Iranian oil exports have fallen by more than 50% this year, according to Iranian officials and independent shipping trackers. U.S. and European officials said their moves to cut off those exports have been aided by ramped-up production in the U.S., Saudi Arabia, Iraq, Libya and other countries, which has helped keep global energy prices stable.
U.S. officials and analysts see Washington and its allies now in a race with Tehran to see what is achieved first—a balance-of-payments crisis in Iran or its acquisition of a nuclear-weapons capability. Tehran says its nuclear program is for peaceful purposes.
"The currency is dropping like a stone, there are riots, and Obama has harangued [Israeli leader Benjamin] Netanyahu not to bomb because there is time to economically cripple Iran," said Mark Dubowitz of the Foundation for Defense of Democracies, a conservative think tank that advises U.S. lawmakers on sanctions policy. "So if the economic cripple-date occurs before the nuclear red line, then great, economic warfare may work."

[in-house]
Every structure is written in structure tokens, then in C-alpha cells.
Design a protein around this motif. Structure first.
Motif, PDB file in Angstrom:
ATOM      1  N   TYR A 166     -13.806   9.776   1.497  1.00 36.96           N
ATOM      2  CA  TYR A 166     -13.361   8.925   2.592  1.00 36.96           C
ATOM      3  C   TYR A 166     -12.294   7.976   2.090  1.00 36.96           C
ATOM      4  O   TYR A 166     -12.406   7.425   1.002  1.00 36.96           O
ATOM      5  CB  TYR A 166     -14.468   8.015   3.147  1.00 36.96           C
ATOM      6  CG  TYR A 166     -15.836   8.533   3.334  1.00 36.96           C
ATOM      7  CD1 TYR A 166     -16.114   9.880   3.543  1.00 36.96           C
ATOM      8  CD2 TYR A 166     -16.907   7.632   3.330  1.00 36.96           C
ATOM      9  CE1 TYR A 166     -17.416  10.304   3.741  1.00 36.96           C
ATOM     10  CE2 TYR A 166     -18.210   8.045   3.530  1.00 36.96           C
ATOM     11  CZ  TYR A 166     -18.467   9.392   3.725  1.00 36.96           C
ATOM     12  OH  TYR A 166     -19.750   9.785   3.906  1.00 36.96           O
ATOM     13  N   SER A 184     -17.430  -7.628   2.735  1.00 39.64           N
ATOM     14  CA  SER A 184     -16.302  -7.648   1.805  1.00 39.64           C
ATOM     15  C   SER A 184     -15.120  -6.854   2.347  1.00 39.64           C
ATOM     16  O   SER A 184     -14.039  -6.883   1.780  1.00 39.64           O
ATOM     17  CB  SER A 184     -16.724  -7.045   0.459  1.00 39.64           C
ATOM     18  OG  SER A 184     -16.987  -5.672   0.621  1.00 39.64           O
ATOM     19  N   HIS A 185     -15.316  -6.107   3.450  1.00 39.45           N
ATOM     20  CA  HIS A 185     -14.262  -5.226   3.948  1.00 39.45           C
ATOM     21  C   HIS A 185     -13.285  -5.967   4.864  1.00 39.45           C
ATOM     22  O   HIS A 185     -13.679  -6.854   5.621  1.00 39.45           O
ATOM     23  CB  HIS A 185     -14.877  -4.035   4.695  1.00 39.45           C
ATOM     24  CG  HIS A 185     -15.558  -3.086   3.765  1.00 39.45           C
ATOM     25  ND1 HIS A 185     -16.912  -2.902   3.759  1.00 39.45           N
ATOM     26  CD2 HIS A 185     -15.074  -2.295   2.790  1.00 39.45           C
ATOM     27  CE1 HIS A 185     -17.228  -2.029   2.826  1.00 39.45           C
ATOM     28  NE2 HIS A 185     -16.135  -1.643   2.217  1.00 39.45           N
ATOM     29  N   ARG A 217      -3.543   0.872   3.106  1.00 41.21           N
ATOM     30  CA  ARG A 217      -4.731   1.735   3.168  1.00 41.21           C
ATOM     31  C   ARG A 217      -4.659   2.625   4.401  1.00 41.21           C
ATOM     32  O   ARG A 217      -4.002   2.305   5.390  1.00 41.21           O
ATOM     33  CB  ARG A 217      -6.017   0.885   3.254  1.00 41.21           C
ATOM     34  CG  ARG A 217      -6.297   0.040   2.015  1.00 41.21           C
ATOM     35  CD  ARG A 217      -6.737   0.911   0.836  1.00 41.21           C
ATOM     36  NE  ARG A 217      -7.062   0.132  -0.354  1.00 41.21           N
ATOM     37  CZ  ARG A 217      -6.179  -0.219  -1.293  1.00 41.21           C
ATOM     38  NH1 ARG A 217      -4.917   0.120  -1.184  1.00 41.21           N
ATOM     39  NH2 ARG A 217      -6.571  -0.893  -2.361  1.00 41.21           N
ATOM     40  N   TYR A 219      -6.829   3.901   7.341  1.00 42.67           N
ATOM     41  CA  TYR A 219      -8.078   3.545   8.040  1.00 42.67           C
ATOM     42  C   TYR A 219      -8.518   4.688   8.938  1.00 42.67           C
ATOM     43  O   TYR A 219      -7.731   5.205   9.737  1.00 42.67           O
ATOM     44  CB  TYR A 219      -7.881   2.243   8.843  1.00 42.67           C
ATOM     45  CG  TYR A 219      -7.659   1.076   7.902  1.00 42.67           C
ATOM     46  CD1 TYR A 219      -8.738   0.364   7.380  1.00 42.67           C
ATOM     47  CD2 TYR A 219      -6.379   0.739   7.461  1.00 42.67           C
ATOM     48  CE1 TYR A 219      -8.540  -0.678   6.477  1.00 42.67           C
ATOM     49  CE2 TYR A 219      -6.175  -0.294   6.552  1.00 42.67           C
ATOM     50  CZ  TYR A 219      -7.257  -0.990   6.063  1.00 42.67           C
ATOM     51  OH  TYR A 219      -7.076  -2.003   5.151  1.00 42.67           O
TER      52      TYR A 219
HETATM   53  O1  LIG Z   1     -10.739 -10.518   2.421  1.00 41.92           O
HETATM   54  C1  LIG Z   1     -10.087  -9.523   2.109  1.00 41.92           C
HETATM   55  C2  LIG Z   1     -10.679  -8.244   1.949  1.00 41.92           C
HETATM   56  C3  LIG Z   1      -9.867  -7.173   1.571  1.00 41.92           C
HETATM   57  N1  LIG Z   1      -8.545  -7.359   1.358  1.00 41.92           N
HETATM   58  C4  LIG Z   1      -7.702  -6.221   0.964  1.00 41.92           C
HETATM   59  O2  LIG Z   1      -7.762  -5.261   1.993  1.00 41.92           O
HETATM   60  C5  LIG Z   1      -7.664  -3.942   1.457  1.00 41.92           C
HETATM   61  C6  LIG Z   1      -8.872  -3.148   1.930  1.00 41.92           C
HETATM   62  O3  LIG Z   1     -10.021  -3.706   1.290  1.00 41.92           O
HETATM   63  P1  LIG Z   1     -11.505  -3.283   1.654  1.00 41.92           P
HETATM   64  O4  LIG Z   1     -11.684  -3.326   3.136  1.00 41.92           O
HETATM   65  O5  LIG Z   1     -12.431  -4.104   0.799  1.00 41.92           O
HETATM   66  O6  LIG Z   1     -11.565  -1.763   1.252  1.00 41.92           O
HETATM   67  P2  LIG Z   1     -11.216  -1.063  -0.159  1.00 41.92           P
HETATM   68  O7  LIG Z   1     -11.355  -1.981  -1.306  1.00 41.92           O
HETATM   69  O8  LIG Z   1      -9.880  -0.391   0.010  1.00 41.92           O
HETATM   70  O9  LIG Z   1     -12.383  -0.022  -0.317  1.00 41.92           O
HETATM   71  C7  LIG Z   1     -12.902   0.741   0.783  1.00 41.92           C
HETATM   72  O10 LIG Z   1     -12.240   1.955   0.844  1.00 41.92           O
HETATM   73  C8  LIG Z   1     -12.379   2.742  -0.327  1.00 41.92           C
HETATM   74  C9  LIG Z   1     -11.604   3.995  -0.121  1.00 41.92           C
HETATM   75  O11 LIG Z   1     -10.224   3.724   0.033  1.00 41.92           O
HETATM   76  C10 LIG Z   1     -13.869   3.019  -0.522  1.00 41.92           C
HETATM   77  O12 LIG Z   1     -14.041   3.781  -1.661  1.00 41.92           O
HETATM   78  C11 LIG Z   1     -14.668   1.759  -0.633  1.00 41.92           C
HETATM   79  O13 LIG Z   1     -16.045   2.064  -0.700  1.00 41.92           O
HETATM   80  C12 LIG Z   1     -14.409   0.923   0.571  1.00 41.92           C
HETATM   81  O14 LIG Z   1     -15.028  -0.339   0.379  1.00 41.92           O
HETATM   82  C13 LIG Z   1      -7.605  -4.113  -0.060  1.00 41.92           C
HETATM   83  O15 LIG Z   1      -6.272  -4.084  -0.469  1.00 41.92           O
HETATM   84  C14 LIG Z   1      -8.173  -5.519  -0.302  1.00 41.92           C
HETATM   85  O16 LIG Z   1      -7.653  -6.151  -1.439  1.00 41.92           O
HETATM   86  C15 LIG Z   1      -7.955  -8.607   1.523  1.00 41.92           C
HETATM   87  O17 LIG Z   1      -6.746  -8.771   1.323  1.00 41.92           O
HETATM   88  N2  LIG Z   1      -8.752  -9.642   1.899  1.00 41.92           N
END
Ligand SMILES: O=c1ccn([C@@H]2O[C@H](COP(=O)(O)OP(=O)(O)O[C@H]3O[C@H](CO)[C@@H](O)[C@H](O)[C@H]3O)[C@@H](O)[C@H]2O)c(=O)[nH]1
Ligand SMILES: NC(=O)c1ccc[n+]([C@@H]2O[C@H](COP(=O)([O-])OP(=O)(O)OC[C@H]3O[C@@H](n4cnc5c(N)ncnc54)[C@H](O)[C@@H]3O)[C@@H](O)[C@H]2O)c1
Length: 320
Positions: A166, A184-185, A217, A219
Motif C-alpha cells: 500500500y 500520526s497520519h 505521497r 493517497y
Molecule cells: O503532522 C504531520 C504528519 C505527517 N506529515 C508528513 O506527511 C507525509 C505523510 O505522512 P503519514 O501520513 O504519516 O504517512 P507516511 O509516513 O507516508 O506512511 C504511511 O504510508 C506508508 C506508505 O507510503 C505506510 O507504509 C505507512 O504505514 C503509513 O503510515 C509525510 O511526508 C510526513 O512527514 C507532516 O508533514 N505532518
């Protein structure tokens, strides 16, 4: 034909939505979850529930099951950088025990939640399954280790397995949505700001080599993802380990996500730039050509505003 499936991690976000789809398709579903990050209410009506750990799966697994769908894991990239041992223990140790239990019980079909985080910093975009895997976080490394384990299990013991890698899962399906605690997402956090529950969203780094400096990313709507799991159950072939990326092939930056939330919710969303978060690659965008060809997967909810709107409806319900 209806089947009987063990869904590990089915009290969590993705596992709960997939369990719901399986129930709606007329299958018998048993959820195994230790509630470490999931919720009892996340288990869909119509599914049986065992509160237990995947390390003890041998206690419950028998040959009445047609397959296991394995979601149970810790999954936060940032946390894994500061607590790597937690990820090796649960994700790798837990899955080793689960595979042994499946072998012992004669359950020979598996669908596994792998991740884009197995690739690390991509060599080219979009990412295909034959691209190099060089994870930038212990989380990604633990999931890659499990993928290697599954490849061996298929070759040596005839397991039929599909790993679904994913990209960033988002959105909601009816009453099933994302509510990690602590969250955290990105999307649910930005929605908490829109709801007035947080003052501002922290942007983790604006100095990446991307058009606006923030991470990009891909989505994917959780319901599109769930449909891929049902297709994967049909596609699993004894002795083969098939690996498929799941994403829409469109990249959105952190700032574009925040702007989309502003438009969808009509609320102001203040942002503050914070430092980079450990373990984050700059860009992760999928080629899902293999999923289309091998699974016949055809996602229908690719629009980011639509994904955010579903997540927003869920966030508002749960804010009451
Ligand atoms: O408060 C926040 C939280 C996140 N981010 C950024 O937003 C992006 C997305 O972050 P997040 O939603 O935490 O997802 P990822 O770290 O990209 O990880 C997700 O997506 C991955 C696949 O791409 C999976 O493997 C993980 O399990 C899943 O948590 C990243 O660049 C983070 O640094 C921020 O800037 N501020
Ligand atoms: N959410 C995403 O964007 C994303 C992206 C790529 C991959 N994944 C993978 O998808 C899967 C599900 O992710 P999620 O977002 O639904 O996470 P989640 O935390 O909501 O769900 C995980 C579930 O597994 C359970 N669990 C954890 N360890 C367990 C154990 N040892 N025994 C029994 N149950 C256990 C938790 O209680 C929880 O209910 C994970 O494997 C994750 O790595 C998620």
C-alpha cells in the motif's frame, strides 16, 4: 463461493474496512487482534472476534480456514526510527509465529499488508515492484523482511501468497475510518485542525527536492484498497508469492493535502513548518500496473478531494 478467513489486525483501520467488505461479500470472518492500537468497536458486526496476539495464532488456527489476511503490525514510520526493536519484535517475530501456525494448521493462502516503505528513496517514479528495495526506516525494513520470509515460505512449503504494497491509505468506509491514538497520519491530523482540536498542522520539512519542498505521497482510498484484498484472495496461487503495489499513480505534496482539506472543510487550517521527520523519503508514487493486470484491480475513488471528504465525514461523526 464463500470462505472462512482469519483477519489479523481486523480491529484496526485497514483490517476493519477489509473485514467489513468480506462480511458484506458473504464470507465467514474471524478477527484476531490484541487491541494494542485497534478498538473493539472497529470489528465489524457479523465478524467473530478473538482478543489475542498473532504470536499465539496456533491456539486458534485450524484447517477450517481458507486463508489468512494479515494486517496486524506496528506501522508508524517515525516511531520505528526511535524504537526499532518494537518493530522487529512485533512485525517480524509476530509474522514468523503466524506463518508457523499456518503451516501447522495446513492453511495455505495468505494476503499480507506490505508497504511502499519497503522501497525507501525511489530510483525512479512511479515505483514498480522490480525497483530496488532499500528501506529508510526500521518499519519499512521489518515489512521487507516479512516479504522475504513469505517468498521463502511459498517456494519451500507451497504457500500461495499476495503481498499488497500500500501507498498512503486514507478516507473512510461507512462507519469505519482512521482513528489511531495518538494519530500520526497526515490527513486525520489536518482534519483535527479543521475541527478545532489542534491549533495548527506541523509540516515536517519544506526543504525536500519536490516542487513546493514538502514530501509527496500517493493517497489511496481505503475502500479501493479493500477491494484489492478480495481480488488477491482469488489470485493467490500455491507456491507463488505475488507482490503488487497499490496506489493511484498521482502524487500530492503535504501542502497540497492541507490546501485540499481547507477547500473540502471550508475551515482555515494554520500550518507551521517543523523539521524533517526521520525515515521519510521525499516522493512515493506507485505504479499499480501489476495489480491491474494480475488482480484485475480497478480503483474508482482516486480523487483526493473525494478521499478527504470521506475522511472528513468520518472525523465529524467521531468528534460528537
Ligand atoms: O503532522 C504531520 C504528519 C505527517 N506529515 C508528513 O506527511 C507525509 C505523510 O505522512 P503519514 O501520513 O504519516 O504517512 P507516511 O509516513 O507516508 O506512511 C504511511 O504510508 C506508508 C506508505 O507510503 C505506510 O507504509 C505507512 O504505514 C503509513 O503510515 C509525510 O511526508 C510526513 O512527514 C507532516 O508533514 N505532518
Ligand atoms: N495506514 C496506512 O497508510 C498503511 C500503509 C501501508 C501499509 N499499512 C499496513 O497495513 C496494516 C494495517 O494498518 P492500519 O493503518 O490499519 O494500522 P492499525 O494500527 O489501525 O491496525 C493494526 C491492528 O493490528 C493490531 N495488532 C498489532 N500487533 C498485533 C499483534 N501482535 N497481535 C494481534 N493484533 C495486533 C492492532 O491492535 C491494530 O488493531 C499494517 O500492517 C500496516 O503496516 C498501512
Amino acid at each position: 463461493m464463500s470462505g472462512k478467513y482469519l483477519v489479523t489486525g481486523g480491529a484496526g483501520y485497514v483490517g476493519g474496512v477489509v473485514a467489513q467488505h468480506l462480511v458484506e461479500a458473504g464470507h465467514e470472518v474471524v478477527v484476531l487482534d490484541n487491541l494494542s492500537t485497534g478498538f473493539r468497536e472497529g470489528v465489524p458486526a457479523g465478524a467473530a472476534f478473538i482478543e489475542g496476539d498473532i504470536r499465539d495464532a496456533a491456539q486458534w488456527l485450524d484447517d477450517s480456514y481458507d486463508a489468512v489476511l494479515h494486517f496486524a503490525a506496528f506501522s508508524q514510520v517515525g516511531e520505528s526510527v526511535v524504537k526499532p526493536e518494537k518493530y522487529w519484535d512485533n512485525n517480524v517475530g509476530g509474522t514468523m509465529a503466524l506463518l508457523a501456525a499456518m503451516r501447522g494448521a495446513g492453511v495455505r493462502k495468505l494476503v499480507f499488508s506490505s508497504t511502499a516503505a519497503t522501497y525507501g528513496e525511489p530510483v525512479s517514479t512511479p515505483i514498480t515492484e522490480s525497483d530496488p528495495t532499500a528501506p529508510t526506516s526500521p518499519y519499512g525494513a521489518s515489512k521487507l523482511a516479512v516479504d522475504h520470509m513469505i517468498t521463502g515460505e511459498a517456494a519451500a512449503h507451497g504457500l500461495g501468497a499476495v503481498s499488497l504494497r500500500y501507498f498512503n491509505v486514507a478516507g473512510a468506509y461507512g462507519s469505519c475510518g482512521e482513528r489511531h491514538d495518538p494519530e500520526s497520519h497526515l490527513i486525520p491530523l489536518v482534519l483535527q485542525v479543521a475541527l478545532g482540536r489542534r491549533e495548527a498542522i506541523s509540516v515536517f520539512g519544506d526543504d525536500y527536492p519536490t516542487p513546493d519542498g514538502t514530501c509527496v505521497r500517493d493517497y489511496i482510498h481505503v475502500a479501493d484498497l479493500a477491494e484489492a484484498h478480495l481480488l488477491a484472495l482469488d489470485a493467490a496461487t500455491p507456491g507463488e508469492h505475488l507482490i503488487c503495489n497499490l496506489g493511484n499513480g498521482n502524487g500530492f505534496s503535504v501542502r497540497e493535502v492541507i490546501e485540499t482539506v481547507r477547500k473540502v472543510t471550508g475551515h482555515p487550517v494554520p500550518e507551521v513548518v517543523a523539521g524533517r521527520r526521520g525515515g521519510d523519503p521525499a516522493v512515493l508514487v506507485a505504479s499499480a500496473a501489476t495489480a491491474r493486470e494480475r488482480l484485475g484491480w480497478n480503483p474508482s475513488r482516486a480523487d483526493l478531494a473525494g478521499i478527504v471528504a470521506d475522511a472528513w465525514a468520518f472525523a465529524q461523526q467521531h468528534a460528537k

U.S. and European officials believe Western sanctions and the EU's oil embargo, instituted in July, are costing Tehran $15 billion in lost energy revenue every quarter. This, in turn, is helping to force down the government's foreign-exchange reserves, which were estimated to be between $90 billion and $110 billion at the start of the year.
U.S. officials also believe that the widening financial penalties on Iran are making it harder for Iran's central bank to gain access to as much as 30% of its reserves, which are invested overseas. Outside economists now estimate inflation is running as high as 70% annually.
These developments, said U.S. and European officials, explain why Iranian financial officials appear reluctant to try to prop up the value of the Iranian rial by selling dollars into the local currency market. Mr. Ahmadinejad has publicly criticized Tehran's financial planners for not taking these steps.